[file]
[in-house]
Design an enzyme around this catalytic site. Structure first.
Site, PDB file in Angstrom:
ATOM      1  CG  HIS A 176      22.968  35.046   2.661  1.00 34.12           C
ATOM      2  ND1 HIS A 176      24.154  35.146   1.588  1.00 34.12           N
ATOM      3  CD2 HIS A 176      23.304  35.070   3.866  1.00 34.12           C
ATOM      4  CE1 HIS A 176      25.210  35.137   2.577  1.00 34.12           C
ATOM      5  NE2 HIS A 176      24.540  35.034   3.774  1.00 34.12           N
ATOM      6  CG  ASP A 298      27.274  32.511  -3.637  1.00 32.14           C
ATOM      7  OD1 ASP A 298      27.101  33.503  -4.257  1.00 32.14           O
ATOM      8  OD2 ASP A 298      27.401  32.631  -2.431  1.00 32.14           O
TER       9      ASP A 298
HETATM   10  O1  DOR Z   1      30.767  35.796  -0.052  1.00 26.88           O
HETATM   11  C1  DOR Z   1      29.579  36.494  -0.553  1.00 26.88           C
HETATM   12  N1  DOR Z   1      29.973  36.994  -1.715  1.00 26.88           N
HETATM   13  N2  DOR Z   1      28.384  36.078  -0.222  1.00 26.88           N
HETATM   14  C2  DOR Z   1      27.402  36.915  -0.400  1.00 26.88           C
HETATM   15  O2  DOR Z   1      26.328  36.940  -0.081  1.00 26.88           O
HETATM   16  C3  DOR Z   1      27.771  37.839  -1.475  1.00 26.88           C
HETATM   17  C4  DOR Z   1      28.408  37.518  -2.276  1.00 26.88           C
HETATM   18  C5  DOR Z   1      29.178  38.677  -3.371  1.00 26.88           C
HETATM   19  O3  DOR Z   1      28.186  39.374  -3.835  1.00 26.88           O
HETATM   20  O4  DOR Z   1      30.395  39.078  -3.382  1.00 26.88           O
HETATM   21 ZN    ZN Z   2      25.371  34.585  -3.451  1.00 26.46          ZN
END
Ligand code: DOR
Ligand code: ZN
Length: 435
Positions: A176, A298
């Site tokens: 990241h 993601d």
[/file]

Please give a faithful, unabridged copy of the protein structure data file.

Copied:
[in-house]
Design an enzyme around this catalytic site. Structure first.
Site, PDB file in Angstrom:
ATOM      1  CG  HIS A 176      22.968  35.046   2.661  1.00 34.12           C
ATOM      2  ND1 HIS A 176      24.154  35.146   1.588  1.00 34.12           N
ATOM      3  CD2 HIS A 176      23.304  35.070   3.866  1.00 34.12           C
ATOM      4  CE1 HIS A 176      25.210  35.137   2.577  1.00 34.12           C
ATOM      5  NE2 HIS A 176      24.540  35.034   3.774  1.00 34.12           N
ATOM      6  CG  ASP A 298      27.274  32.511  -3.637  1.00 32.14           C
ATOM      7  OD1 ASP A 298      27.101  33.503  -4.257  1.00 32.14           O
ATOM      8  OD2 ASP A 298      27.401  32.631  -2.431  1.00 32.14           O
TER       9      ASP A 298
HETATM   10  O1  DOR Z   1      30.767  35.796  -0.052  1.00 26.88           O
HETATM   11  C1  DOR Z   1      29.579  36.494  -0.553  1.00 26.88           C
HETATM   12  N1  DOR Z   1      29.973  36.994  -1.715  1.00 26.88           N
HETATM   13  N2  DOR Z   1      28.384  36.078  -0.222  1.00 26.88           N
HETATM   14  C2  DOR Z   1      27.402  36.915  -0.400  1.00 26.88           C
HETATM   15  O2  DOR Z   1      26.328  36.940  -0.081  1.00 26.88           O
HETATM   16  C3  DOR Z   1      27.771  37.839  -1.475  1.00 26.88           C
HETATM   17  C4  DOR Z   1      28.408  37.518  -2.276  1.00 26.88           C
HETATM   18  C5  DOR Z   1      29.178  38.677  -3.371  1.00 26.88           C
HETATM   19  O3  DOR Z   1      28.186  39.374  -3.835  1.00 26.88           O
HETATM   20  O4  DOR Z   1      30.395  39.078  -3.382  1.00 26.88           O
HETATM   21 ZN    ZN Z   2      25.371  34.585  -3.451  1.00 26.46          ZN
END
Ligand code: DOR
Ligand code: ZN
Length: 435
Positions: A176, A298
């Site tokens: 990241h 993601d």